Scope and Contents note
This material consists primarily of illustrated catalogues, bills/receipts, price lists, printed advertisements, advertising cards, almanacs, business cards, circulars, scattered correspondence on letterhead stationery, lithographs, seed packages, pamphlets and guides from companies involved in the seed industry and trade. These businesses include seed growers, merchants, nurseries, seed auctioneers, importers and exporters. The majority of these companies sold various types of field, garden and farm seeds mostly consisting of vegetables, flowers, fruits and herbs. Other types of seeds are bird and grass seeds. Bulbs, plants, gardening books, roses, ornamental trees, poultry food, shrubbery, fertilizers, agricultural and horticultural implements and machinery were also available. The agricultural and horticultural implements and machinery consist of ladies' and children's garden tools, hand weeders, seed sowers, horse hoes, eed drills, potato beetle destroyers, self-heating, soldering irons, showers, garden pumps, syringes, plant stakes, garden trellises, sun dials, pruners, fumigators, lawn mowers, knives, trowels, manure forks, furnaces, boilers, plows, harrows, wheelbarrows and corn planters. Diary implements such as thermometers, lactometers and scales appear occasionally.
There are a number of images included among these materials. The majority of these images are in catalogues illustrating fruits, vegetables and flowers. Seed packages are also profusely illustrated with products. Advertising cards generally depict products in a humorous setting. The most famous of these images are the vegetable people. Vegetables, fruits and flowers are depicted as people with such names as Miss Celery, Mr. Potato and Miss Carrot. Harvey Bros., R. D. Hawley, J. M. Phillips & Sons, Price & Knickerbocker, Jerome B. Rice, Charles Saul and Saul & Davis are among some of the businesses which used these advertising cards to sell their products. The subject category fertilizers also has some vegetable and fruit people. These vegetable people tend to use stereotypical images of various ethnic groups such as Native Americans as corn and African Americans as cotton.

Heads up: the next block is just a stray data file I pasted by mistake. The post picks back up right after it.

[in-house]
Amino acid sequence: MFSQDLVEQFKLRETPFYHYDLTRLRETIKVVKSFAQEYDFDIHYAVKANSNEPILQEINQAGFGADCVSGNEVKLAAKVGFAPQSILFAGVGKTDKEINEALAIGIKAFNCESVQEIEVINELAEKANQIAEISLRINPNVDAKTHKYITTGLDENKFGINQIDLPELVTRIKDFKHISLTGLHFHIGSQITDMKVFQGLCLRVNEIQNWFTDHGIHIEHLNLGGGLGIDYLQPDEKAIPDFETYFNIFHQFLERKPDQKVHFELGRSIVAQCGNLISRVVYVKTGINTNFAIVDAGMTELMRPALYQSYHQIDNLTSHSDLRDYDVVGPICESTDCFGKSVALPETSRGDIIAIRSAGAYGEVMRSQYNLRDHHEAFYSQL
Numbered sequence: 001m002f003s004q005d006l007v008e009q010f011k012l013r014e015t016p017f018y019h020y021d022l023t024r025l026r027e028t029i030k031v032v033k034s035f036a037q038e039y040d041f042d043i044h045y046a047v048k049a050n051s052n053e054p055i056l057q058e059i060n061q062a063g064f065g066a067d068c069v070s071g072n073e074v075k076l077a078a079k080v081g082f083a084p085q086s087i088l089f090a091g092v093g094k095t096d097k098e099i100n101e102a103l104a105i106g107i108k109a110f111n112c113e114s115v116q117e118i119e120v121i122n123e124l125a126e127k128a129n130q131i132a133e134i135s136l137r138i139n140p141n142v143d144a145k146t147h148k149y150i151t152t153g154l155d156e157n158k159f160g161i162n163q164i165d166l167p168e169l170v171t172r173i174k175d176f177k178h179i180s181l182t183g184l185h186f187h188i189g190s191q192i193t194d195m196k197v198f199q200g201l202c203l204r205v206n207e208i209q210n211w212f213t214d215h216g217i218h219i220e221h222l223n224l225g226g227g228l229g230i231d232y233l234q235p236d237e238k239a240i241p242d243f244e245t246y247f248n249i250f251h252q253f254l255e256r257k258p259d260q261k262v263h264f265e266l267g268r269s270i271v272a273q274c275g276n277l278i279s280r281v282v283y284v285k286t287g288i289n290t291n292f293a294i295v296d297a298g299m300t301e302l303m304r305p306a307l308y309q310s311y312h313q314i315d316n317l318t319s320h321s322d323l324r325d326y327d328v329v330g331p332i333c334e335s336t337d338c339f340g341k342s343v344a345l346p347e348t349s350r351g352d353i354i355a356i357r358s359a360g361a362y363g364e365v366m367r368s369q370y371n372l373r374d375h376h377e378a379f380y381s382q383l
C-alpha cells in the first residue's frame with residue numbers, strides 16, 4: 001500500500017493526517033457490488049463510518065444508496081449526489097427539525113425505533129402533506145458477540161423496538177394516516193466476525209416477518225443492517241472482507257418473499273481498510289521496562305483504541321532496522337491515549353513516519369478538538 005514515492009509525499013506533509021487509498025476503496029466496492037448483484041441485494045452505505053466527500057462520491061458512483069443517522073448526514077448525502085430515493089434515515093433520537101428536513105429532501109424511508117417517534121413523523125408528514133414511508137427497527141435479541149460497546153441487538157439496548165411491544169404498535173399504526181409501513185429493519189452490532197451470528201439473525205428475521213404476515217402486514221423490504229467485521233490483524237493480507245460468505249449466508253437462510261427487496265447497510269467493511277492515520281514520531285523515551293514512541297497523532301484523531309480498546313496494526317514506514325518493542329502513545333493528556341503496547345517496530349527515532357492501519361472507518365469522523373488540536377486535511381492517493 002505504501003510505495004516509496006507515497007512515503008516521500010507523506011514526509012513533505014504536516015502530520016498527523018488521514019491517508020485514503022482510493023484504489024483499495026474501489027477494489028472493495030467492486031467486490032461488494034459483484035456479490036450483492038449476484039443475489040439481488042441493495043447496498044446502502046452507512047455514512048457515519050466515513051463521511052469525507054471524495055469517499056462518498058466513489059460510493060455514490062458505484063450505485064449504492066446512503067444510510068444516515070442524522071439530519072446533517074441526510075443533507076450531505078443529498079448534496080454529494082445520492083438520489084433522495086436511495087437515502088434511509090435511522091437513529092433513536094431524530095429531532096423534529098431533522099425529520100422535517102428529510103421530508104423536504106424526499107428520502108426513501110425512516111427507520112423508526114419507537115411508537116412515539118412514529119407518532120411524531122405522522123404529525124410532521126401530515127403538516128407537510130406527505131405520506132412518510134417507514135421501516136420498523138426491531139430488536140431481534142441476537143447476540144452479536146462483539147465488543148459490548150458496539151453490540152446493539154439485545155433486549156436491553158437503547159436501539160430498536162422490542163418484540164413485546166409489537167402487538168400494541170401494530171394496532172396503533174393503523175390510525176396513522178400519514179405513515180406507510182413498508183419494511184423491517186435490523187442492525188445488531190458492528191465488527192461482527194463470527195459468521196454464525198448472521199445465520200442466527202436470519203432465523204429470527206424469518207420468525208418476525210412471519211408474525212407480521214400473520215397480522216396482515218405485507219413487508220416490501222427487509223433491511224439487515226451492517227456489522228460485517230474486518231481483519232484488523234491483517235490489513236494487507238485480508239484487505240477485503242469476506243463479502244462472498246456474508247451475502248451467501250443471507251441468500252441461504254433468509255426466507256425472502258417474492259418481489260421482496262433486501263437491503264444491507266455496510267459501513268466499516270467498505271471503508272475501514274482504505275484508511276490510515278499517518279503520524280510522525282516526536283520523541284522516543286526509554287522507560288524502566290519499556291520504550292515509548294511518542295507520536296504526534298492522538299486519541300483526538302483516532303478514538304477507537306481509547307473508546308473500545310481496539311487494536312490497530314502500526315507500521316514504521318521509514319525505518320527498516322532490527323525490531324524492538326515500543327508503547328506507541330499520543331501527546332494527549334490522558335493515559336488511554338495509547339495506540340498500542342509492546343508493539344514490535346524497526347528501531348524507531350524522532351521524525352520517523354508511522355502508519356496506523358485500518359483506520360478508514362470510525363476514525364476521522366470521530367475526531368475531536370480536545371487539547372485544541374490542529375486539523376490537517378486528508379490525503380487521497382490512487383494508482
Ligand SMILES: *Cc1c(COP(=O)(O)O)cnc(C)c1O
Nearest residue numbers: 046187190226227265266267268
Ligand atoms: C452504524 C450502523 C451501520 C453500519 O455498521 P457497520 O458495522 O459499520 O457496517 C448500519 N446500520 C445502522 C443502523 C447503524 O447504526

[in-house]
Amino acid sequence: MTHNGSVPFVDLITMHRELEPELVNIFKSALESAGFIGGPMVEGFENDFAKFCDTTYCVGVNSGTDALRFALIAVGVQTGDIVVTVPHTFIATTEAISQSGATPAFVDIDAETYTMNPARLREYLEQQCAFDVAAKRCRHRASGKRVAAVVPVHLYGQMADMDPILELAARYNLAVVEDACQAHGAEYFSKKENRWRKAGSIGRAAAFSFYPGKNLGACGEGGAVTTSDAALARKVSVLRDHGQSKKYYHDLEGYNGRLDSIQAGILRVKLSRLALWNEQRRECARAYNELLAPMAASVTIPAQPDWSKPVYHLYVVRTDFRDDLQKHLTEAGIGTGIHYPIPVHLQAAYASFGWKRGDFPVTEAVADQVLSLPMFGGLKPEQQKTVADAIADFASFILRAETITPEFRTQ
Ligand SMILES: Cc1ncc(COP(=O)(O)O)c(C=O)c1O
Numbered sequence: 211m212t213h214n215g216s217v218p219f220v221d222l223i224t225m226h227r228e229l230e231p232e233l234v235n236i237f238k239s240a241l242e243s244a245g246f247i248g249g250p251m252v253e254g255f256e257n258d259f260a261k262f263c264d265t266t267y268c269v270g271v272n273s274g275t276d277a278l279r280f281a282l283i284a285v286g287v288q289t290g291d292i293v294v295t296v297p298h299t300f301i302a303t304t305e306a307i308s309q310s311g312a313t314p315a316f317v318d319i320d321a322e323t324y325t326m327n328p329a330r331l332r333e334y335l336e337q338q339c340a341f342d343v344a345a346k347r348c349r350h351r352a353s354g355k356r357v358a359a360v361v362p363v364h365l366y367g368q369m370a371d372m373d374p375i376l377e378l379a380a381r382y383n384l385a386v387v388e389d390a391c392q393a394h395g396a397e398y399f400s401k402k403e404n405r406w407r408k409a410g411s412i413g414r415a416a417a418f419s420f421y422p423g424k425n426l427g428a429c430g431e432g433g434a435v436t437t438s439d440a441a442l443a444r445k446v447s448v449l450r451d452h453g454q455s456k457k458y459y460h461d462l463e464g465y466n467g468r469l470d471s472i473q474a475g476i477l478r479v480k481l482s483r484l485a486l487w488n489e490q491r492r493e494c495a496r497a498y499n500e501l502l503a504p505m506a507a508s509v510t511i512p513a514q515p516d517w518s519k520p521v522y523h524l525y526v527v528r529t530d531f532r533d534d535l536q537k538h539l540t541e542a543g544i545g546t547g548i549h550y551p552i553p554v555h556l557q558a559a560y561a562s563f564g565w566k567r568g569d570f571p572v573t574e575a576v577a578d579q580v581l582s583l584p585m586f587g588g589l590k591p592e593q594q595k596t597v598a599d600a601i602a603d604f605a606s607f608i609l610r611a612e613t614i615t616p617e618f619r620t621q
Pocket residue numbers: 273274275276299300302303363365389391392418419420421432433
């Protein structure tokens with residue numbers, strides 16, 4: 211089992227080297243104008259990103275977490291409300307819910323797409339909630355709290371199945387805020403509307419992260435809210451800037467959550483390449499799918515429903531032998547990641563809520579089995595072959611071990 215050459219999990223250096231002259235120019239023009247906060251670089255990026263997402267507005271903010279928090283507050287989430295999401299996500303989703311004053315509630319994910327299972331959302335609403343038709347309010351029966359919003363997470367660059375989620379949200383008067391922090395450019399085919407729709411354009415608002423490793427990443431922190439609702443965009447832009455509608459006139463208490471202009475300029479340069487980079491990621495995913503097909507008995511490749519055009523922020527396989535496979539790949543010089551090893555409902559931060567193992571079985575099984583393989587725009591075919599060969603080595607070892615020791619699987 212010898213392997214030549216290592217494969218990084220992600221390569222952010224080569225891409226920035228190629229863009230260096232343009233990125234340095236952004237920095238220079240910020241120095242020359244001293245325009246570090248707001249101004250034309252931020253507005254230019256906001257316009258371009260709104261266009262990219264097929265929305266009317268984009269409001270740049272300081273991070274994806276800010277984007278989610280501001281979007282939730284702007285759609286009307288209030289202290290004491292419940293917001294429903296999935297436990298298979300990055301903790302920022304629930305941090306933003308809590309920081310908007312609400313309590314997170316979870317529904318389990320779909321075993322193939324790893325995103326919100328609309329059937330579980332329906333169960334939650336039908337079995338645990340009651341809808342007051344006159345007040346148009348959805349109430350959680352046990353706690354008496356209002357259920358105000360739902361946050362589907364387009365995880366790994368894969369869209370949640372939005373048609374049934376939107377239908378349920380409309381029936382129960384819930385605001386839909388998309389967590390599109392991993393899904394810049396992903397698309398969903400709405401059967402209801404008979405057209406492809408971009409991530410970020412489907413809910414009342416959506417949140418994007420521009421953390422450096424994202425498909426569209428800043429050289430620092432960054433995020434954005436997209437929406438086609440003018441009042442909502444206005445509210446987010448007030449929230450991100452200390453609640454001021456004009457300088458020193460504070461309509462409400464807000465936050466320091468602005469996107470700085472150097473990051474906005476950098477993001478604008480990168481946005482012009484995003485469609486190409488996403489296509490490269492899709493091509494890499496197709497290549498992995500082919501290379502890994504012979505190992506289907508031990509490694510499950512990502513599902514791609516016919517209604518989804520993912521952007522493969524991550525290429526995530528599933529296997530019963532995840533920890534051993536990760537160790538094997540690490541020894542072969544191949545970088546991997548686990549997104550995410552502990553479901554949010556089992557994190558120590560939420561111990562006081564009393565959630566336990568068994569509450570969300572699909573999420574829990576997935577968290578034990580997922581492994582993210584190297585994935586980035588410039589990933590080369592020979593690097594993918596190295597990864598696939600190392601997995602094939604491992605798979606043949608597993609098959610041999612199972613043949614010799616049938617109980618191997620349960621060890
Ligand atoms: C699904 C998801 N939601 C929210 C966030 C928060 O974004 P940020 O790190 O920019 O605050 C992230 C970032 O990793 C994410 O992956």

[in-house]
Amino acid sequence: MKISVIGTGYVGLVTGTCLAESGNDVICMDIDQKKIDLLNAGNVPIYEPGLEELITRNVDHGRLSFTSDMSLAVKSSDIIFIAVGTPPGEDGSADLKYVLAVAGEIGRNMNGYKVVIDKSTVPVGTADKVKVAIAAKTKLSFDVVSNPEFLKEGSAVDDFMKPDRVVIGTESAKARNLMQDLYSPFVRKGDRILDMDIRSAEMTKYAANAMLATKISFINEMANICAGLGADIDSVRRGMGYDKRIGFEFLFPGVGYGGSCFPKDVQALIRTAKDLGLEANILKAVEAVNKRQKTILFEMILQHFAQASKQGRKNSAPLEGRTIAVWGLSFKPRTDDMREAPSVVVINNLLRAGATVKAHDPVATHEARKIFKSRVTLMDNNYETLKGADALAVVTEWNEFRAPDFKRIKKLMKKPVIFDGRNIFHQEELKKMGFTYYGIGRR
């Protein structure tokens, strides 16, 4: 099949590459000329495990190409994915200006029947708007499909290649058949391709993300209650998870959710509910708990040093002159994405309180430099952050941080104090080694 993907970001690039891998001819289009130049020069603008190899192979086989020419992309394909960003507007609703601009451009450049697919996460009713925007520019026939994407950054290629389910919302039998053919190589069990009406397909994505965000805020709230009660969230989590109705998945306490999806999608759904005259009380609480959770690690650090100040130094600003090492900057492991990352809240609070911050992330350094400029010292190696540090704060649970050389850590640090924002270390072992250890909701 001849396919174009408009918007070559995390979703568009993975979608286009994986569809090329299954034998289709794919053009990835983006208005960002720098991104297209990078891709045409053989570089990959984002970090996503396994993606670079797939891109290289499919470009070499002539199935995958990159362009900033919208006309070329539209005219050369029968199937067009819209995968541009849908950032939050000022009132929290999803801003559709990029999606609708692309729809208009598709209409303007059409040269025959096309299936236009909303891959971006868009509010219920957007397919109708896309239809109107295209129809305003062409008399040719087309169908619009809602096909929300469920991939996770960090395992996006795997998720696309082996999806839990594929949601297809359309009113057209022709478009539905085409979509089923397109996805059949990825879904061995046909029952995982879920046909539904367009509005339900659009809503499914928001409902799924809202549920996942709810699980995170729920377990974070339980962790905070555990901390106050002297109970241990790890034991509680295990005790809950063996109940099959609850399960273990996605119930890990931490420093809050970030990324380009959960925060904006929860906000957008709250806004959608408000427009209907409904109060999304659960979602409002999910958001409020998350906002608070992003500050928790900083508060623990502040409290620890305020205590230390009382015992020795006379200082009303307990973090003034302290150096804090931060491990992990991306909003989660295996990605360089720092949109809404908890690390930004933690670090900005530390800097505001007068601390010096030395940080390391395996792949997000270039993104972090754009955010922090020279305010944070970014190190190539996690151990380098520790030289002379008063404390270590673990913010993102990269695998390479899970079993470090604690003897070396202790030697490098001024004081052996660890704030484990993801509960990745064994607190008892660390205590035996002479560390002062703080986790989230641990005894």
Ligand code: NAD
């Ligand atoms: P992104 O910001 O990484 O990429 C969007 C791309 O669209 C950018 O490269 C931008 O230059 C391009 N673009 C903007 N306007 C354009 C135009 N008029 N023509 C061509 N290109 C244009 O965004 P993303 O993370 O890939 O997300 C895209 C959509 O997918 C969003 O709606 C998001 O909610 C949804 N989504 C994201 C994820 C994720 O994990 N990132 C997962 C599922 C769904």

Materials from associations and horticultural organizations such as the Luther Burbank Society are also included. Most of this material consists of membership information, pamphlets and monographs. Although most of the Luther Burbank Society's monographs discuss issues relating to the cultivation of plants, there are a number of these publications concerning what the society calls the "improvement of the human plant." Published in 1914, the monographs were not available for sale, instead they were issued to members of the Burbank society and to others only upon recommendation of members. Consisting of twelve titles in the series, which were issued monthly, topics included the laws of heredity, nurture versus nature, choosing children, bringing up the normal child, what to do with the sub-normal child, mental hygiene, the racial melting pot and the criminal type.
Most of the materials are organized by name of company and are in boxes one through eighteen. Generally publications and dates are listed under the company names. This does not imply that there are no other materials from that particular company. Box nineteen contains information on associations primarily the Burbank Society materials. Miscellaneous materials are also in box nineteen. These materials include information on fruit tree spraying, tree planting and Arbor Day, greenhouse heating and ventilating apparatus and general images. Related publications such as articles, booklets, pamphlets and books are found in boxes twenty through twenty-one. Such publications discuss topics relating to house plants, window gardens, food for plants, economic grasses, information on fertilizers and herbicides, evergreens in Scotland, flower gardens for country homes, chrysanthemums, common trees of New York and ornamental trees. These publications could not be identified with a company or association name and therefore are grouped together.